Sunday, June 6, 2010

The Importance of Ray Ray

In Game 1 of the NBA Finals on Thursday night it was abundantly clear that one team was ready to play and one team was not. The Los Angeles Lakers were ready and proceeded to crush the Boston Celtics 102-89. The 13-point win is misleading as the Celtics never really had a chance after the Lakers went on a 13-6 run to end the first half. Once the Lakers had a comfortable lead, they cruised the rest of the way to a relatively easy win.

During that run in the first half, Boston's Ray Allen picked up his third personal foul. Ray Allen ended with five personal fouls on the night. The foul trouble limited him to only 27 minutes and he was never able to get going. Without Allen, the Celtics were unable to stretch the Laker's defense and L.A. just collapsed on Kevin Garnett inside and limited Rajon Rondo's driving ability.

If Boston is going to have any chance of tying the series tonight they need Allen to get going early. He is one of the best shooters in NBA history and after watching Game 1 he might be the most important player in Boston's offense. Rondo is one of the best dribble drive point guards in the league and Paul Pierce is a great scorer who can create for himself. However, if Allen is not hitting shots on the outside the Celtics have little chance to win.

In Boston's 6 losses in this year's playoffs Allen is averaging 13.16 points per game on around 40% shooting. In Boston's 12 playoff wins Allen is averaging 18.16 and shooting over 47% from the field. Boston is also 6-2 in this year's playoffs when Allen hits 3 or more 3 pointers. So Boston needs to get Allen's shot going early and often.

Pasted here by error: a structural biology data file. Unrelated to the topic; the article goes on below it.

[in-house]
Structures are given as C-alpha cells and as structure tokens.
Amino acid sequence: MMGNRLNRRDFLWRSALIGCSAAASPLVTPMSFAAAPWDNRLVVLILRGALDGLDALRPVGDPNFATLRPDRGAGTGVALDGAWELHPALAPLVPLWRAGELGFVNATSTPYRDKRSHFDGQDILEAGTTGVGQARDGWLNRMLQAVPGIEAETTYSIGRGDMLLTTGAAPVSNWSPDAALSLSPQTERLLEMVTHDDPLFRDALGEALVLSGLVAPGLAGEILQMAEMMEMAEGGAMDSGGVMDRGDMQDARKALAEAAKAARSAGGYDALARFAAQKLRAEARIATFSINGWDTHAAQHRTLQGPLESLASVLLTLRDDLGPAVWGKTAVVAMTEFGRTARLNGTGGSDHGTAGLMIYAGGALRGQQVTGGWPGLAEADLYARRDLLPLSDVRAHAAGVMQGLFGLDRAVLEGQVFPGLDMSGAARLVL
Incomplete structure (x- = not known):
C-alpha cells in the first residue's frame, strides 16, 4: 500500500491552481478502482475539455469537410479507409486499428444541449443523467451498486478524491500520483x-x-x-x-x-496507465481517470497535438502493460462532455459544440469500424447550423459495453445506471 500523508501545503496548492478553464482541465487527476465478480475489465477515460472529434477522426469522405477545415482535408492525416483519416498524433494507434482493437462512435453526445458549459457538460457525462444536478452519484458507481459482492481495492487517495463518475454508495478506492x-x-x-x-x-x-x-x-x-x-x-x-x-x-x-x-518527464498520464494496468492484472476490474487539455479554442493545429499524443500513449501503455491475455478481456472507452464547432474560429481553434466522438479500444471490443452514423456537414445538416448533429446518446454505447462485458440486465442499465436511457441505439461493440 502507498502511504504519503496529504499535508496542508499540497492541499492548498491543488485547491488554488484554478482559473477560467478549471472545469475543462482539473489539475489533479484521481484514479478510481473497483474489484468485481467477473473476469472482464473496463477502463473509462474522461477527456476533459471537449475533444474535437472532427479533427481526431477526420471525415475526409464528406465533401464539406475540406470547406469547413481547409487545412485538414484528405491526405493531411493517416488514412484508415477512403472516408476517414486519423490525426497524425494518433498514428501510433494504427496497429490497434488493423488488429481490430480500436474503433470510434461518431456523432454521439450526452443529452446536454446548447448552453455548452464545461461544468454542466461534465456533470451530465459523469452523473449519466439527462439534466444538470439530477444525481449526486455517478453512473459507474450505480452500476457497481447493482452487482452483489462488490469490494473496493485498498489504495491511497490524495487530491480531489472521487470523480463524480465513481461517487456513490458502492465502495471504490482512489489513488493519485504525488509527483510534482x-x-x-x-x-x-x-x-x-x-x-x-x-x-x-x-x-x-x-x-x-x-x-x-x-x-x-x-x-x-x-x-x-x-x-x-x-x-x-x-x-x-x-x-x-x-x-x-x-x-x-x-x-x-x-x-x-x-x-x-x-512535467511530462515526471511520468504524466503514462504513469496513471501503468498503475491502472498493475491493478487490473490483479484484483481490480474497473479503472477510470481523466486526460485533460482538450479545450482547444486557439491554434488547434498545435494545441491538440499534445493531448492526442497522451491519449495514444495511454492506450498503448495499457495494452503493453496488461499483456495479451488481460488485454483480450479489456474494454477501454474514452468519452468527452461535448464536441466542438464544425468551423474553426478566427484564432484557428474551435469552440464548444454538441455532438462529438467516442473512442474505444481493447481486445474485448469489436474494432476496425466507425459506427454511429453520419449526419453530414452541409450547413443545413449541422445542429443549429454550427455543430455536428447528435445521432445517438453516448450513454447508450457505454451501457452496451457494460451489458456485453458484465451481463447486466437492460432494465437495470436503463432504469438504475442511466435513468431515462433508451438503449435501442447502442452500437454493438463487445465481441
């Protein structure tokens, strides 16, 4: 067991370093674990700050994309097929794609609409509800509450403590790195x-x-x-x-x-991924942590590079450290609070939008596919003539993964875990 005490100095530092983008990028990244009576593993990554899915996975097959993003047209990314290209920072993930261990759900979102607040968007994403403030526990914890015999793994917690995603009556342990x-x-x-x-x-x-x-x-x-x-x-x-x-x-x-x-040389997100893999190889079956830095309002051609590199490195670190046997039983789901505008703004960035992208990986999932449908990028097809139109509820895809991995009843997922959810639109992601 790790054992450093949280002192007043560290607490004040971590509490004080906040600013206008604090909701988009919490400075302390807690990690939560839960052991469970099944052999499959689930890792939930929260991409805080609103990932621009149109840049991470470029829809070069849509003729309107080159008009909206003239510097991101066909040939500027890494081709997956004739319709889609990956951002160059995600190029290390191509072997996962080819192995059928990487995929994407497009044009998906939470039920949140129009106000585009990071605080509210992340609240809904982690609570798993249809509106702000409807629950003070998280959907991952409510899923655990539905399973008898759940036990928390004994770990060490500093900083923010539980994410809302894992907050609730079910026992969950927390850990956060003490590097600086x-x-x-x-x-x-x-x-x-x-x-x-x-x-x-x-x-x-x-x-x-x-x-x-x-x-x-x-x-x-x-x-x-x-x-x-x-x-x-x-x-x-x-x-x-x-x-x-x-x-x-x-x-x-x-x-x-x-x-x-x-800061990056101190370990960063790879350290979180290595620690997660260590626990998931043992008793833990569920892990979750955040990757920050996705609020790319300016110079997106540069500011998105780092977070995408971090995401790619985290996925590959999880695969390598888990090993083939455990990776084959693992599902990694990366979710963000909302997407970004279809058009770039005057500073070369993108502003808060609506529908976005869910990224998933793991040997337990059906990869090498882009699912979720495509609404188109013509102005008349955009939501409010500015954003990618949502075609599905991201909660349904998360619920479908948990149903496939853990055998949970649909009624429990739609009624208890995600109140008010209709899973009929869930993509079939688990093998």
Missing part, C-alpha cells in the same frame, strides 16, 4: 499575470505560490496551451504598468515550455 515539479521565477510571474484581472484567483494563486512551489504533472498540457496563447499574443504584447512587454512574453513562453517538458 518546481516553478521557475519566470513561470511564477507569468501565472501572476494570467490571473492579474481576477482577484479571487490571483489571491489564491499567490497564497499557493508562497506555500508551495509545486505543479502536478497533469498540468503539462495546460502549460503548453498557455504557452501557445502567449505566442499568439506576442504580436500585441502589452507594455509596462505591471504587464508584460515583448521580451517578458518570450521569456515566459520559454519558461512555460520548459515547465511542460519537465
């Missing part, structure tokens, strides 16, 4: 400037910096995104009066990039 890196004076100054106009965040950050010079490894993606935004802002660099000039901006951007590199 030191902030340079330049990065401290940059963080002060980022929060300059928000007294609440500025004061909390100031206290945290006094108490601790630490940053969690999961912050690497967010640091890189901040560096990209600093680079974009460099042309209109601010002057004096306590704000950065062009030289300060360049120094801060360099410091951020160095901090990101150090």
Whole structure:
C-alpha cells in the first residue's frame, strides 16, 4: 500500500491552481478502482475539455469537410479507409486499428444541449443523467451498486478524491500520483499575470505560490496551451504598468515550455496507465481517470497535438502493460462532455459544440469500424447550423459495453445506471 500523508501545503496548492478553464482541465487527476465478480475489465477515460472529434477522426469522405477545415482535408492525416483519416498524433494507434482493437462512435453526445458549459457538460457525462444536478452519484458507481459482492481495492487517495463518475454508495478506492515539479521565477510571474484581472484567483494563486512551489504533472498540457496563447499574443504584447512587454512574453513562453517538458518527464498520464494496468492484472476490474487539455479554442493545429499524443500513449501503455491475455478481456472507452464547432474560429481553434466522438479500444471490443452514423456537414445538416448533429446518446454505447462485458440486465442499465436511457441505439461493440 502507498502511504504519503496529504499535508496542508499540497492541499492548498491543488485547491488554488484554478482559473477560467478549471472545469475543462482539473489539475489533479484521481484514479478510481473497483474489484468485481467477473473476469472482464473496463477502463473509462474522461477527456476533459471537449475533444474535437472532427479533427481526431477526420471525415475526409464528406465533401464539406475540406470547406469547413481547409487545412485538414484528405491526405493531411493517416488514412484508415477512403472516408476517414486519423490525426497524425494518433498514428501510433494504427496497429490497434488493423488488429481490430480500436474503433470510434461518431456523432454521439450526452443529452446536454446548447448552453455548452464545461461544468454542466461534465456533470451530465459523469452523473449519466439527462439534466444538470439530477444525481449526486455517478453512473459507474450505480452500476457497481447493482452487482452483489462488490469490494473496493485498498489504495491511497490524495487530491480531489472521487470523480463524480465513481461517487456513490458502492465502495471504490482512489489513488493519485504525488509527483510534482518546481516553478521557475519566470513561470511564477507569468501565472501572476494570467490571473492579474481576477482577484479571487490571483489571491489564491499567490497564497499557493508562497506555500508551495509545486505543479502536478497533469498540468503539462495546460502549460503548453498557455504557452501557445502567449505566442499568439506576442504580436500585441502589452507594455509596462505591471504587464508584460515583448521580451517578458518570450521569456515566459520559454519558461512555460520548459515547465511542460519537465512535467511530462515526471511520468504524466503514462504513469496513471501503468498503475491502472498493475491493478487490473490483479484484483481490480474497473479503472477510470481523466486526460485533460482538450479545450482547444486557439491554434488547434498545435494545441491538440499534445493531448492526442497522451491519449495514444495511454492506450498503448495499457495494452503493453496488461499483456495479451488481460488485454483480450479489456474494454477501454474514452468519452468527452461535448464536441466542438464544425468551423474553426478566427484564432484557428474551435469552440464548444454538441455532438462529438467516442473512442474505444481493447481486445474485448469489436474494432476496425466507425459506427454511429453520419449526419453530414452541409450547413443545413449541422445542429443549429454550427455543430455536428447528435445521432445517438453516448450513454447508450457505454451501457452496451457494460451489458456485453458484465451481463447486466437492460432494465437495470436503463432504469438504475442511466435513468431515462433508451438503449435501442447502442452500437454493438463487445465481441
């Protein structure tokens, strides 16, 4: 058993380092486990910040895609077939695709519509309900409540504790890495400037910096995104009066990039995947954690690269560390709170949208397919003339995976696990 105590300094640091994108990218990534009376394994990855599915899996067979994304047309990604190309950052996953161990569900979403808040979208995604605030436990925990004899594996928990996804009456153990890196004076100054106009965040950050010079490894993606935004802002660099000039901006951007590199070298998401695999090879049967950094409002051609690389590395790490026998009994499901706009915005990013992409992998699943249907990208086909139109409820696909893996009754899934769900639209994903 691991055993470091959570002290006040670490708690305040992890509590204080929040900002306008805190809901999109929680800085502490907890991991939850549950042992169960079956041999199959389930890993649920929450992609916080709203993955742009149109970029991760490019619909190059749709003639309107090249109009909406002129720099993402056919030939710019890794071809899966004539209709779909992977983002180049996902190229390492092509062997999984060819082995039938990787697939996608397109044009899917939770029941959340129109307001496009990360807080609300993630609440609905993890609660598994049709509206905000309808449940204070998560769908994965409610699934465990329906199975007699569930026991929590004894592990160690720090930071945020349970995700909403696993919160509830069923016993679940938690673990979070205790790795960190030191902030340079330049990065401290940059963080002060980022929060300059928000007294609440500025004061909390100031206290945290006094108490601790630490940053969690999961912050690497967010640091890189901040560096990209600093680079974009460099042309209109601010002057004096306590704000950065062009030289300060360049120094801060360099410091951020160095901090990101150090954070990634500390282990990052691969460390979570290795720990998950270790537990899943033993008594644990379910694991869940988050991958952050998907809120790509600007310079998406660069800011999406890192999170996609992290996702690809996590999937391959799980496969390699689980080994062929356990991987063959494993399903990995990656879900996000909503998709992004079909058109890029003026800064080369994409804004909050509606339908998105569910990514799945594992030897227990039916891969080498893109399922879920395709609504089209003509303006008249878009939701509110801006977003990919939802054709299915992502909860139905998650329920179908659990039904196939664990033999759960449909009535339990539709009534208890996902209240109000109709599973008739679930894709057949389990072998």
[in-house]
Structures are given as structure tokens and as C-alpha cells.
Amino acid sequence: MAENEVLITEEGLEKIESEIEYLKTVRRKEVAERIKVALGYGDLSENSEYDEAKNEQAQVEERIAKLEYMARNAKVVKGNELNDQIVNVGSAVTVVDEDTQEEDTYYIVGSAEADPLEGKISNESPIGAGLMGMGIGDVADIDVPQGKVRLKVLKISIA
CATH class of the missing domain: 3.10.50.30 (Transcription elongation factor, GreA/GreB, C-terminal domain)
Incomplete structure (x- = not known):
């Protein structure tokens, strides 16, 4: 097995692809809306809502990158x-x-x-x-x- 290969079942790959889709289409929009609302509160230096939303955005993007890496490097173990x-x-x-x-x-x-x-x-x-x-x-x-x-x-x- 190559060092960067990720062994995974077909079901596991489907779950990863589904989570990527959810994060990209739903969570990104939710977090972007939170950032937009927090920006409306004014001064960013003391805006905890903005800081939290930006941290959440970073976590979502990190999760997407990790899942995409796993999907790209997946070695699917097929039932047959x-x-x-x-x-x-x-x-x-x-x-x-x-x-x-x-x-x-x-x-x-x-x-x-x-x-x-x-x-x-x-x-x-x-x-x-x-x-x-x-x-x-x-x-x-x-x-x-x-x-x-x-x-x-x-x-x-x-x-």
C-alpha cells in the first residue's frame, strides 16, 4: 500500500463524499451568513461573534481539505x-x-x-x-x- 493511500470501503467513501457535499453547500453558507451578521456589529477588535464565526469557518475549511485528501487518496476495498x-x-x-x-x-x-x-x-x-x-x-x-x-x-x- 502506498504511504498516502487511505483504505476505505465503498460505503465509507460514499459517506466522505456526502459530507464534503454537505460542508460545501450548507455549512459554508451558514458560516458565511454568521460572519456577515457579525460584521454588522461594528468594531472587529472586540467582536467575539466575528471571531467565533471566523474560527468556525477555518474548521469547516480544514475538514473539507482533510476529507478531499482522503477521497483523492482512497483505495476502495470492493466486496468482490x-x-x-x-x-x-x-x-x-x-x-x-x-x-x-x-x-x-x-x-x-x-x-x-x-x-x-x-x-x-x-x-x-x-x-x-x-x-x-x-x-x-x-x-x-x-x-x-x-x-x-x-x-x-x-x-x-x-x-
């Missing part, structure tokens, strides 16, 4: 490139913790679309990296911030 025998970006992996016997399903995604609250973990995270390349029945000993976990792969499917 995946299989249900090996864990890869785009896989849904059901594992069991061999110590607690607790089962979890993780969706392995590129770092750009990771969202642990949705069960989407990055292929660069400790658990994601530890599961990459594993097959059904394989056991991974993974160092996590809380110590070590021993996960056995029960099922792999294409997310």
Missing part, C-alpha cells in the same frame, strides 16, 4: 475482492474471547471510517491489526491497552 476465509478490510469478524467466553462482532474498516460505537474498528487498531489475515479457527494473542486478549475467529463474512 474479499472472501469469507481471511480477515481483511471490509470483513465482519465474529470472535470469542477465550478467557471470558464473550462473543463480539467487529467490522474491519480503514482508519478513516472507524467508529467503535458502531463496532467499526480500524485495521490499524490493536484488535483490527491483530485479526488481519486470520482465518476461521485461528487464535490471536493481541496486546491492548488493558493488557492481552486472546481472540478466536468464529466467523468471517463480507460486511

The dilemma that the Celtics face is keeping Allen out of foul trouble. It's going to be hard if he continues to guard Kobe Bryant. I have a feeling the Celtics will throw different defenders at Kobe in Game 2 to eliminate foul trouble from any one player. Boston knows that stopping Kobe is impossible. However they cannot afford to let Kobe get to the free throw line as much as they did in Game 1. The key for Boston to get back into this series is to keep Allen's fouls at a minimum and get his shot going. If Allen can get his shot going early it will open up things down low for Garnett and lead to easier drives for Pierce and Rondo.

Allen is one of those great players where one doesn't realize how important he is until he's gone. He's always been a quiet star and consummate pro. He led the Milwaukee Bucks to the Eastern Conference Finals in 2000-2001. The Bucks haven't won a playoff series since trading him in 2003. He's a free agent this summer and despite turning 35 this summer he will still demand a lot of attention from teams needing a sharpshooter (pretty much every team in the league).

When people think about the great shooting guards in the post-Jordan era the names that come to mind are Kobe and Iverson (both of whom were drafted in 1996, the same year as Allen) along with Dwayne Wade now. Allen may get overlooked at times in history, but his impact is still as important now as it was back in 1996.

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